AXA S.A., a global insurance organization based in Paris that also provides investment management and other financial services, has disclosed on Thursday that it will halt cyber insurance policies in France that refund those affected by ransomware attacks for payment made to hackers.

According to the company, AXA made this decision following a request of French government officials who are being more and more concerned as ransomware incidents become a daily event for companies everywhere.

The U.S. is the only country in the world that surpassed France last year in damage from ransomware attacks to health centers, local governments, schools, and companies, as stated by the cybersecurity firm Emsisoft, evaluating France’s related overall losses at more than $5.5 billion, often left crippled for days or weeks.

At this point, as insurance companies started to cease reimbursing ransomware payments, it’s clear that the only way forward is to invest in proper anti-ransomware protection

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According to Christine Weirsky, a spokeswoman for the U.S. AXA subsidiary, the suspension will not influence any existing policies, being applied only to France.

She also stated that it doesn’t affect coverage for responding and recuperating from ransomware assaults, in which threat actors including Russian criminals break into networks, spread malware, and cause severe damage to them.

Cyber insurance provider Coalition showed in a report published in September 2020 that ransomware attacks constituted 41% of all cyber insurance claims filled at the beginning of 2020.

The insurance enterprise stated there was a 260% growth in the rate of occurrence of ransomware incidents amid their policyholders and they discovered that the average ransom requested increased 47%. Claims fluctuated from as low as $1,000 to $2 million.

According to cybersecurity specialists, the emergence of cyber insurance policies that comprised coverage for ransom payments was having a catastrophic impact on the ransomware popularity assaults and was actually stimulated the occurrence.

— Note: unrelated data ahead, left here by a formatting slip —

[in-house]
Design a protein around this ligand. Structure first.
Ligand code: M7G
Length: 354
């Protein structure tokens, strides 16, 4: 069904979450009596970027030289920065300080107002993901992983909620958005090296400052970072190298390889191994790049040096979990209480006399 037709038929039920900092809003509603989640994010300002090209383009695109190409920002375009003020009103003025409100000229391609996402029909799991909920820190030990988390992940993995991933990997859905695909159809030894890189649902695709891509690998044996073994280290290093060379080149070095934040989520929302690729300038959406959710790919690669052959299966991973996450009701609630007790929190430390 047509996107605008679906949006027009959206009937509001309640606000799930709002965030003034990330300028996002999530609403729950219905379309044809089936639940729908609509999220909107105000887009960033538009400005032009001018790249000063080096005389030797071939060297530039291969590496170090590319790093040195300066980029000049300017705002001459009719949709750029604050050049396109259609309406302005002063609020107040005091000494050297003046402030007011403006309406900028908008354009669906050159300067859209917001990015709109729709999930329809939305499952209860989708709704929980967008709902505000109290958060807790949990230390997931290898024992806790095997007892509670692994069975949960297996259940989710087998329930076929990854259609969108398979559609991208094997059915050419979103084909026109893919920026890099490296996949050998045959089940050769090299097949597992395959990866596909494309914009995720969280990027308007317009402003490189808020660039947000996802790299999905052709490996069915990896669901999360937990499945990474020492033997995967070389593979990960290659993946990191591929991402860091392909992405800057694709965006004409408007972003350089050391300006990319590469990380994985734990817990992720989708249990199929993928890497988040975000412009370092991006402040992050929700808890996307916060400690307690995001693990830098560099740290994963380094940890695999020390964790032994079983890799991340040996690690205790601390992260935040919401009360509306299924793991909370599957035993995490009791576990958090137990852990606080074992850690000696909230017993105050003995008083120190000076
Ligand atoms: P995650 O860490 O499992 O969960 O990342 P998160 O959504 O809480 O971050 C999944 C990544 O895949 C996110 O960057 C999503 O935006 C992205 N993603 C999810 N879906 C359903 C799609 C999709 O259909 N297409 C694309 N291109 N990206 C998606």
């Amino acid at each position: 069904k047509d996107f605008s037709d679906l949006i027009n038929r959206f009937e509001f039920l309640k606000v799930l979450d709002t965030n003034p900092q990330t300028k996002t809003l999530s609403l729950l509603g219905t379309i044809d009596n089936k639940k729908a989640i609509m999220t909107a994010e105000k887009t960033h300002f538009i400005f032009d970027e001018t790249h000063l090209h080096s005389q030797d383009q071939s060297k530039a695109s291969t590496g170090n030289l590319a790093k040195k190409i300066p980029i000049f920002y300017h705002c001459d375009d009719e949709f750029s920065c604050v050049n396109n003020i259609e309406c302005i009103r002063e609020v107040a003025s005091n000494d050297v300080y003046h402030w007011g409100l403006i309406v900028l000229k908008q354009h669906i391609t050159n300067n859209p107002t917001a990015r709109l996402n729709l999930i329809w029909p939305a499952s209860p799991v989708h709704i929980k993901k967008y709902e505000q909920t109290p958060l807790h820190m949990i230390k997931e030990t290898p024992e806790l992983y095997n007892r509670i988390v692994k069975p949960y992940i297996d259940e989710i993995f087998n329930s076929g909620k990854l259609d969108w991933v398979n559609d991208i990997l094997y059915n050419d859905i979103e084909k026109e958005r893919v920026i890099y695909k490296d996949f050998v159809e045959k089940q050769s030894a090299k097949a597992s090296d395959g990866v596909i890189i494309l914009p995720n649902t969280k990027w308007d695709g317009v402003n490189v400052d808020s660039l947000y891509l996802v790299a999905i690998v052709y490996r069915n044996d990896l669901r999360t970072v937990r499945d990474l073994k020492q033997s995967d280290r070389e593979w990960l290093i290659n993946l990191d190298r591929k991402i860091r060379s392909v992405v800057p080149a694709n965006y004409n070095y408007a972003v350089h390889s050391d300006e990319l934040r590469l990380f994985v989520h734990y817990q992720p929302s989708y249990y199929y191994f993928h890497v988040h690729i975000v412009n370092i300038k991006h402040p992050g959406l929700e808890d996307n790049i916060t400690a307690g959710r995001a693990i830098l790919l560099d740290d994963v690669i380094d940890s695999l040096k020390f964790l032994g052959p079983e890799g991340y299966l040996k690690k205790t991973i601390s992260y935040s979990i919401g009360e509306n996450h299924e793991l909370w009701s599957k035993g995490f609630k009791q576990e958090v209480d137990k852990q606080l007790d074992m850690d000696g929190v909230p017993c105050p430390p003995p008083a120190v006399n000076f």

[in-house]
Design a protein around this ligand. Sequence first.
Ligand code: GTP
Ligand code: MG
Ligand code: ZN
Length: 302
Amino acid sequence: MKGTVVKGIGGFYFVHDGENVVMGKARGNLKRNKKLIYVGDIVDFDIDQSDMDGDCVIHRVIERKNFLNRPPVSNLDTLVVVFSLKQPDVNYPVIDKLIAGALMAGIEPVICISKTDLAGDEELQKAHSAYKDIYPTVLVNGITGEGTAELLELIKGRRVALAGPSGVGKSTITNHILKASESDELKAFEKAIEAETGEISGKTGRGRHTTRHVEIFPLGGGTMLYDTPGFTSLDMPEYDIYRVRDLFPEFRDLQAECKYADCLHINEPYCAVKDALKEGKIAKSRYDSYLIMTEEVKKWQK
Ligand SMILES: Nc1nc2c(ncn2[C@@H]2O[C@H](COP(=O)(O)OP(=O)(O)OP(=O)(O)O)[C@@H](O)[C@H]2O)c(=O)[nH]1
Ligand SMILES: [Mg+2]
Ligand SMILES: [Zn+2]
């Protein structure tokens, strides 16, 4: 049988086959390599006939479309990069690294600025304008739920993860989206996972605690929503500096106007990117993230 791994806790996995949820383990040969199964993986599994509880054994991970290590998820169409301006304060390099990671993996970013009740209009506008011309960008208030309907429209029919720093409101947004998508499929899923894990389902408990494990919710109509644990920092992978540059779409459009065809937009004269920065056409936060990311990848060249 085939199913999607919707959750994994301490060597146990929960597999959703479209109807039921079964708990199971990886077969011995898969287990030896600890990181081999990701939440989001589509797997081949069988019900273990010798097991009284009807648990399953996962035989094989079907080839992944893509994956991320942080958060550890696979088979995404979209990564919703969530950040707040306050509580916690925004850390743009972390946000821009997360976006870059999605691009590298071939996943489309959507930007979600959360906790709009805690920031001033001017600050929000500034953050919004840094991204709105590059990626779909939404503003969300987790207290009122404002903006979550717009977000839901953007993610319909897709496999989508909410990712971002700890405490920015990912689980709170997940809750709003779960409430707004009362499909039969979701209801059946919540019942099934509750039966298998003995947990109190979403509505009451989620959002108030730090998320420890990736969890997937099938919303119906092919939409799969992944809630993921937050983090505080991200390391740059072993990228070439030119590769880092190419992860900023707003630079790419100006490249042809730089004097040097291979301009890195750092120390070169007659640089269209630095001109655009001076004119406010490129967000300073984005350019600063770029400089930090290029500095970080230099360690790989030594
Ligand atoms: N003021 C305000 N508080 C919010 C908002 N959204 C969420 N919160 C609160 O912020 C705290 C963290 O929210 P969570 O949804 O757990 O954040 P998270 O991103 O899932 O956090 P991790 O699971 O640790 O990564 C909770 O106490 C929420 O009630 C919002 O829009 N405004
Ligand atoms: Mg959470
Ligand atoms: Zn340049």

Following the insurance firm’s decision to stop covering company payouts, ransomware cybercriminals became more and more shameless throughout 2020 and 2021.

Important government institutions such as health facilities, schools, and universities have been the main targets of ransomware attacks last year, threat actors knowing they will probably have to pay the ransom in order to recover their important data.

Cowbell Cyber CEO Jack Kudale stated:

This decision is not a surprise to us. In fact, other carriers may follow the suit. However, businesses need protection from these events and in some cases even from going bankrupt due to ransomware.


According to Sean Cordero, security advisor at Netenrich, even more cyber insurance companies are expected to attempt to reduce their exposure from high-risk policies they’ve written or are considering underwriting, making it more difficult to secure or renew policies.

Cordero also said that some insurance firms will ask for new proof and validation from their policyholders to demonstrate that the policyholders’ controls’ are sufficient.

This validation is complex, and many insurers still rely on client self-attestation as the primary input to risk and policy determination. These insurers will hopefully transition to more data-driven models specific to the cybersecurity industry. For huge organizations, this may translate into third-party audits before completing underwriting.


Some researchers called AXA’s decision intelligent. Multiple companies seem more inclined to pay the ransom if they don’t have to pay it with their own money. This circle can be broken by ceasing to reimburse ransom demands.

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